Wow! New National Survey On Liberty Shows Something Surprising About Millennials

A crowd gathers around speakers during a rally for free speech Thursday, April 27, 2017, in Berkeley, Calif. Demonstrators gathered near the University of California, Berkeley campus amid a strong police presence and rallied to show support for free speech and condemn the views of Ann Coulter and her supporters. (AP Photo/Marcio Jose Sanchez)

A new national survey shows that an overwhelming majority of Millennials (18-34 year-olds) support religious and other social freedoms. A surprising result in light of the constant protesting and other outrages young Americans seem determined to perpetrate on the rest of us trying to live our lives.

The survey found that 93 percent of Millennials support religious freedom and nearly the same number (92 percent) support free speech. Not what you’d expect if one looks at the news.

“The media keeps showing us images of violent protests on college campuses, young Americans being angry and disruptive, but the truth is that millennials support religious and social freedoms more than non-millennials,” said Roger Ream, President, The Fund for American Studies (TFAS). “There’s a vast, silent majority of millennials who embrace these freedoms and those are the young men and women we are seeing in our programs.”

The survey was conducted by The Fund for American Studies as a part of its Support for Freedom Index which is the first of its scope to measure “how Americans define freedom and whether they generally support “more” or “less” government interference in their daily lives.”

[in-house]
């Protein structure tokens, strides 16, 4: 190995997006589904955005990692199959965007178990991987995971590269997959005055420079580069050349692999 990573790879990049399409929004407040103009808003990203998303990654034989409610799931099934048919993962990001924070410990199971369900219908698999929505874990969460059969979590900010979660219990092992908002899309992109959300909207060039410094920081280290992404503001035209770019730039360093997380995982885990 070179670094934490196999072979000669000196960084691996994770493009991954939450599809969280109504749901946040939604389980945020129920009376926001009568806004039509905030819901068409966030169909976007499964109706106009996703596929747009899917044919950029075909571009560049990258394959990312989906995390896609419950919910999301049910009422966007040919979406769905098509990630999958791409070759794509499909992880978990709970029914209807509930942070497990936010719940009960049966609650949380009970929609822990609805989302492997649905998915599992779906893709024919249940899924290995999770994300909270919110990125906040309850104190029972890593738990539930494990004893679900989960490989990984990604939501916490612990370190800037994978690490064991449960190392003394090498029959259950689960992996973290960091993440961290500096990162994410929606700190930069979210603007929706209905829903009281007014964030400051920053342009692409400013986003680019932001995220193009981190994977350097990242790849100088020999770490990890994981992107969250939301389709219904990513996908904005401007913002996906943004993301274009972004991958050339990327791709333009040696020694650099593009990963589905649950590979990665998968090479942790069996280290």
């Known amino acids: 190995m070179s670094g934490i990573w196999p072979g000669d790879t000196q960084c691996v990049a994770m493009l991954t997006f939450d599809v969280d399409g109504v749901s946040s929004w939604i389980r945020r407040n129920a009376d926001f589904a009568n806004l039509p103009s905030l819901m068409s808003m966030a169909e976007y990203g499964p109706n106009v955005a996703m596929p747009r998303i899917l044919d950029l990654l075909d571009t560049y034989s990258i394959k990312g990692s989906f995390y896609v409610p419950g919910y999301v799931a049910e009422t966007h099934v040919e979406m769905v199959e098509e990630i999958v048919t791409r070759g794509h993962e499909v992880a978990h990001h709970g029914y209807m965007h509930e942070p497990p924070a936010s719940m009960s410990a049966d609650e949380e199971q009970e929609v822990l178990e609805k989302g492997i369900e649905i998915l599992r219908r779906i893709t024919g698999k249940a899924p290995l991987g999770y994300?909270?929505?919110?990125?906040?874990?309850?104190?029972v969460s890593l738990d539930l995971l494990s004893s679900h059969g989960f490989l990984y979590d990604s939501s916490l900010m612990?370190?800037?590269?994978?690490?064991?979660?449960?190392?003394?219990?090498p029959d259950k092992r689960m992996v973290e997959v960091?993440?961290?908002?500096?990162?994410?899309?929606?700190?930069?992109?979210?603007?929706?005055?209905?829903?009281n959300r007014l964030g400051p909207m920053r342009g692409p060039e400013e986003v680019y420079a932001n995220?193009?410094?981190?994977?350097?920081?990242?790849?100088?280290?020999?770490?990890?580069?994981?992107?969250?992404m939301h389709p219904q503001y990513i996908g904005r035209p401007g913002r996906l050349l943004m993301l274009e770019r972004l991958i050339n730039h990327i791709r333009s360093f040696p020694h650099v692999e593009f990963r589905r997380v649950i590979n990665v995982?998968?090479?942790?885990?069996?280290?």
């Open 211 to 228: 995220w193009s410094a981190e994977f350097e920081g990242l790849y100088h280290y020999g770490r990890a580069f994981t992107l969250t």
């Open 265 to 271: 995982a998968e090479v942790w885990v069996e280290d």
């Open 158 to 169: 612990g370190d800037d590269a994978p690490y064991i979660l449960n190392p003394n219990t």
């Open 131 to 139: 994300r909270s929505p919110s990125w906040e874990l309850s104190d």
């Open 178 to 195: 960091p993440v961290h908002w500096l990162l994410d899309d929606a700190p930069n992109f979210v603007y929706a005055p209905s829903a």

The study also found that Millennials diverge from older generations in how they value liberty over security. Nearly 60 percent of Millennials would prefer liberty to security (40 percent). Their Baby Boomer parents, on the other hand, split nearly even in their support of liberty (51%) and security (49%).

Millennials are the best current indicator for how future policy will likely shape up in coming decades.

Of course, these numbers might simply indicate that as young people, who tend to be more left and move right as they get older, Millennials are simply like the young adults before them. The study found that political party affiliation also largely predicted whether or not liberty was valued over security:

  • Republicans support security (57%) over liberty (43%)
  • Democrats support liberty (64%) over security (36%)
  • Independents support security (60%) over liberty (40%)

Will Millennials start to favor security as they begin to have families, something they are putting off until their 30’s in greater numbers? In all likelihood, yes.

What the study also found that is of interest is the divergence between Republicans and conservatives within their party:

Additionally, further distinctions at the ideological level within the Republican party were found. When asked to choose between individual liberty and concerns about security, conservatives split evenly between their support for liberty (51%) and security (49%). Republicans fall more in the camp of “more government” that ensures national security. Conservatives fall primarily in the camp of “less government” that promotes liberty.

Republicans are for bigger government? There’s a (not really) stunner.

Regardless of those unshocking revelations, the survey does give some hope that my fellow Millennials aren’t as anti-free speech and religious liberty as they seem on a regular basis. It just shows that there is a loud contingent of those who are that are being attributed as indicative of the whole. One can hope anyway.